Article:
Mitchell Engineering Co., A Div. of Ceco Corp. v. Summit Realty Co., Inc., WD

CourtCourt of Appeal of Missouri (US)
Citation647 S.W.2d 130
Docket NumberNo. WD,WD
PartiesMITCHELL ENGINEERING COMPANY, A DIVISION OF CECO CORPORATION, Respondent, v. SUMMIT REALTY COMPANY, INC., Trans-Missouri Builders, Inc., Larry W. Fink and Commerce Mortgage Company, a corporation, Appellants. 33505.
Decision Date21 December 1982

Gordon R. Gaebler of Svoboda & Gaebler, P.C., Kansas City, for appellant Summit Realty Co.

Ronald R. McMillin of Carson, Monaco, Coil, Riley & McMillin, P.C., Jefferson City, for respondent.


MANFORD, Presiding Judge.

Mitchell Engineering Company (plaintiff and hereinafter Mitchell) instituted this action in two counts. Count I sought enforcement of a mechanic's lien against land owned by Summit Realty Company (defendant and hereinafter Summit). Count II sought recovery of the balance due upon a construction contract from Trans-Missouri Builders (defendant and hereinafter Trans-Missouri). Two other parties were named as having an interest in the land. These parties were Larry W. Fink as trustee, and Commerce Mortgage Company as cestui que trust, under a deed of trust upon Summit's land. Fink and Commerce filed a joint answer in which they declared, "these defendants deny, as of the date of this answer, they have any interest in the property referred to in plaintiff's petition." Neither Fink nor Commerce actively participated in the trial of this cause. Further, there was no claimed interest by Fink or Commerce following the date of the filing of their joint answer, nor did they file a brief or otherwise participate in this appeal.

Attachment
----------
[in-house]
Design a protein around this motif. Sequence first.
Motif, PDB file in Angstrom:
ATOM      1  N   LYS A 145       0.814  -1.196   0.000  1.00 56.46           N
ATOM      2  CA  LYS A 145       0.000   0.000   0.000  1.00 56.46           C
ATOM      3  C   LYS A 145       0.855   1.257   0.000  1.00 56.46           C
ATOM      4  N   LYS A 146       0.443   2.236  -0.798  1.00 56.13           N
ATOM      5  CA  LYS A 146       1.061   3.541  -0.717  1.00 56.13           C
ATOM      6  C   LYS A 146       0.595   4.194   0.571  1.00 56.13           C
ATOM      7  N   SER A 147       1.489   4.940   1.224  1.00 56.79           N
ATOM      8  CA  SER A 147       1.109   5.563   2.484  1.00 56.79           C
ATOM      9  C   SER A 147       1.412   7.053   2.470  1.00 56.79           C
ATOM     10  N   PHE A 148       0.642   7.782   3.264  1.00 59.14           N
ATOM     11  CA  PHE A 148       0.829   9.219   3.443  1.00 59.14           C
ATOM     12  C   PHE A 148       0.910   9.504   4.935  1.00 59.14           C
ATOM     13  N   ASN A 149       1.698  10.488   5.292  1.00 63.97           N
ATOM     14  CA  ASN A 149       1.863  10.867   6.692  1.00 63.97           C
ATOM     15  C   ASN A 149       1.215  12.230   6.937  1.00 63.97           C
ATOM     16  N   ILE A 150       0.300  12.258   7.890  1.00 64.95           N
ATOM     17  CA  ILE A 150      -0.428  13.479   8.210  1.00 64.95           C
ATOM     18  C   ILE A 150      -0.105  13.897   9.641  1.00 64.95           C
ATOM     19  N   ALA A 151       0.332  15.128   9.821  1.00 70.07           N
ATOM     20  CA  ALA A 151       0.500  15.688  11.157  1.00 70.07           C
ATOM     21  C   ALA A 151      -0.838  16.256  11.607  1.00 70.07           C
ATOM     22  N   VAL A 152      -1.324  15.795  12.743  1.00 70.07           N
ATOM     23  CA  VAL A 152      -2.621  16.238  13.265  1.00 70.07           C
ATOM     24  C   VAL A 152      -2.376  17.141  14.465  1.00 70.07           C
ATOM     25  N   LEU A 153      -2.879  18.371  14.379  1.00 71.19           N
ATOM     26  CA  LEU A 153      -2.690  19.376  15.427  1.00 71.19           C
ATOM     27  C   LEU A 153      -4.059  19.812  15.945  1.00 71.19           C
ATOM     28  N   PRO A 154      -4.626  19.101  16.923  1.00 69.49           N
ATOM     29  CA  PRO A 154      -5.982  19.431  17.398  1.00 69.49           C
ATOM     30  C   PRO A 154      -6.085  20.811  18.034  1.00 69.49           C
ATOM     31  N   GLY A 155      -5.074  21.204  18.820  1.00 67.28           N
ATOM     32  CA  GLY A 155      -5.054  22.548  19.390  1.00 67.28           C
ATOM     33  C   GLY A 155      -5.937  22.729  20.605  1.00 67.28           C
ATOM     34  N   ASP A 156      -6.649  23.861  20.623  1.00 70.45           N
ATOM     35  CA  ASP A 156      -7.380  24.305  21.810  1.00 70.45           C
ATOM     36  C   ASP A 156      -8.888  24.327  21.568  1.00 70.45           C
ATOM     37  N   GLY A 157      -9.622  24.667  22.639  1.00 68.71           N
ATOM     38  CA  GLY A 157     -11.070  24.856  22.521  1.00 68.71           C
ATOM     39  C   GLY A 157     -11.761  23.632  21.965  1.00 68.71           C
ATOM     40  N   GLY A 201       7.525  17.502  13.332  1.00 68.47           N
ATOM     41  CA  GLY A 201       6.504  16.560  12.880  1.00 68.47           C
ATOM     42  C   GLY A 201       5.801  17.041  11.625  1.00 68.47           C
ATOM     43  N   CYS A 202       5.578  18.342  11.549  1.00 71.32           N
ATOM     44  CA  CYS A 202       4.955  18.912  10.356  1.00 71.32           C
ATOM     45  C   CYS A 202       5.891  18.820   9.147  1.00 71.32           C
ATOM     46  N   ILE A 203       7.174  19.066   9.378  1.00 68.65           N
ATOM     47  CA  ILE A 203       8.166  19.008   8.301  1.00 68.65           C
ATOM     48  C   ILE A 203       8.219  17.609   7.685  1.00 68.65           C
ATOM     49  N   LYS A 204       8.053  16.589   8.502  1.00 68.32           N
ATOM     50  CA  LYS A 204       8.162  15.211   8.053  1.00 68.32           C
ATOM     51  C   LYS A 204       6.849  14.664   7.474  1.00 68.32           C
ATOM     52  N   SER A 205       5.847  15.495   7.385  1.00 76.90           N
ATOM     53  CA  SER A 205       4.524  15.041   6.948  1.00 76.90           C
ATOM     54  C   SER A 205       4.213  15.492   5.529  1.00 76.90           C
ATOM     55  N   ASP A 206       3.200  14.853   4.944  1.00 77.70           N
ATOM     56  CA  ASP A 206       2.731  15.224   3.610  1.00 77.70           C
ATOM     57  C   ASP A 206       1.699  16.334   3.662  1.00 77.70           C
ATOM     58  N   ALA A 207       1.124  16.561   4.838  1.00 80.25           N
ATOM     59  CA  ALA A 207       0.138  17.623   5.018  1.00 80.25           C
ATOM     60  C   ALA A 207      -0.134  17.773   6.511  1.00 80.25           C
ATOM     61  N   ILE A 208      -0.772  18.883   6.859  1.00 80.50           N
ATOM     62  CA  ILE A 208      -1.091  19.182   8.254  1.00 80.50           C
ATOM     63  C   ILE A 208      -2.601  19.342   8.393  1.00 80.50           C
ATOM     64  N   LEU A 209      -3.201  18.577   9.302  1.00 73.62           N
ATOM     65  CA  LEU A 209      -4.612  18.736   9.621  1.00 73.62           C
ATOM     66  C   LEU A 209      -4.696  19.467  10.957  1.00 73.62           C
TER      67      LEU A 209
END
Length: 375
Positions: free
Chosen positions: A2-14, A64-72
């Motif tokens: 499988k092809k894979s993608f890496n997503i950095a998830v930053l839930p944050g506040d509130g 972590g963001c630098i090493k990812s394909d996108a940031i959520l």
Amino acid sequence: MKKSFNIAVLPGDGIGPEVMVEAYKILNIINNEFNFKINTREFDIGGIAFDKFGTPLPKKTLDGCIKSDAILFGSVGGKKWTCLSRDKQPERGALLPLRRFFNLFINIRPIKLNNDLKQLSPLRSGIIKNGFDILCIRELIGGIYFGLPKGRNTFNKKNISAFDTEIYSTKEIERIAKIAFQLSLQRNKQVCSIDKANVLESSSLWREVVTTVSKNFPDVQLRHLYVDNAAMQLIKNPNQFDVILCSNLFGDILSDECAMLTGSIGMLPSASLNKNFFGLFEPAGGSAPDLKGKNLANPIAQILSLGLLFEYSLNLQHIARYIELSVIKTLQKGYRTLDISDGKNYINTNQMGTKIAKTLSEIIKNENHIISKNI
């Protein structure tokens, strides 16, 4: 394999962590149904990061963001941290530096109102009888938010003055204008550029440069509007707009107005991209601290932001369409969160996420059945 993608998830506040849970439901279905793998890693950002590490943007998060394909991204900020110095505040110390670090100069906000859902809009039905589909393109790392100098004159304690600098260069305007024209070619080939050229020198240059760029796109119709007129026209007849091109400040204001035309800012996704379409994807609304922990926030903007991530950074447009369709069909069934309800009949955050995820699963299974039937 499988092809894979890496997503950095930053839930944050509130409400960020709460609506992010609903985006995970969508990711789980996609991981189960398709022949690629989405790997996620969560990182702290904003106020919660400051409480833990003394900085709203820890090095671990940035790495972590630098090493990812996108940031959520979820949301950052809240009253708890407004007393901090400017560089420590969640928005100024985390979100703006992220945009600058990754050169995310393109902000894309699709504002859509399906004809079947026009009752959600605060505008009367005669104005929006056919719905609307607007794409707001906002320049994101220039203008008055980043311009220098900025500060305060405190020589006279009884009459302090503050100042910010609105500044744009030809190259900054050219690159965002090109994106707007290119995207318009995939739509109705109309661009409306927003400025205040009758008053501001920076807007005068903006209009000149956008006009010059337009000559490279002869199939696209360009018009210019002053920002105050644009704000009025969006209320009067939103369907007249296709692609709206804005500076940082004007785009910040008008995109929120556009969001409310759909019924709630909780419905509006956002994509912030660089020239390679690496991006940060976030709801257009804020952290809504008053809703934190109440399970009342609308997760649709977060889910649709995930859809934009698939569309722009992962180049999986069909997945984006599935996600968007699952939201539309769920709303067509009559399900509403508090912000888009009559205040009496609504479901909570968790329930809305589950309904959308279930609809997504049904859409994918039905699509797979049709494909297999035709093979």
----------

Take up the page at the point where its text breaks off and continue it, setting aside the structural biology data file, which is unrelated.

Trans-Missouri and Summit entered into a construction contract for the building of Summit Plaza Center in Holts Summit, Missouri. This contract was under date of May 22, 1978 and was finalized on August 29, 1978, upon the proposal of Mitchell to provide materials for a pre-fabricated 28,000 square foot building. The total contract price for the building was $75,838.12. There was then a change order and taxes applied to the contract price. Trans-Missouri made a down-payment of $7,828.12, leaving a net balance of $68,551.97. Most of the materials necessary to erect the building were shipped in several loads on October 3rd and 4th, 1978. These first loads included an invoice billing for the entire contract price. Subsequent shipments of shorted or replacement items allegedly took place on October 12, 1978, November 14, 1978, December 18, 1978 and January 4, 1979. Demands for payment by Mitchell were made on December 7, 1978 and February 1, 1979, but nothing was paid in addition to the down-payment. On February 8, 1979, Mitchell filed notices of its intention to file a mechanic's lien on Summit's property. These notices were served upon Summit, Trans-Missouri, Commerce Mortgage and the Chicago Title Insurance Company. On March 8, 1979, Mitchell filed its lien statement with the Callaway County Recorder, and on March 21, 1979, filed its lien statement with the Callaway County Circuit Clerk. On March 26, 1979, Mitchell filed its two-count petition in this cause. On April 28, 1980, Summit moved for summary judgment on the basis that Mitchell's lien statement lacked sufficient itemization to constitute a just and true account as required by § 429.080, RSMo 1978. On July 15, 1980, the trial court sustained Summit's motion and entered summary judgment in Summit's favor. Mitchell appealed that ruling and on June 16, 1981, this court reversed the trial court and remanded the case for further proceedings. Mitchell Engineering Company v. Summit Realty Co., 620 S.W.2d 27 (Mo.App.1981). In that ruling, this court characterized Mitchell as a sub-contractor and further held, relative to the sufficiency of Mitchell's lien statement: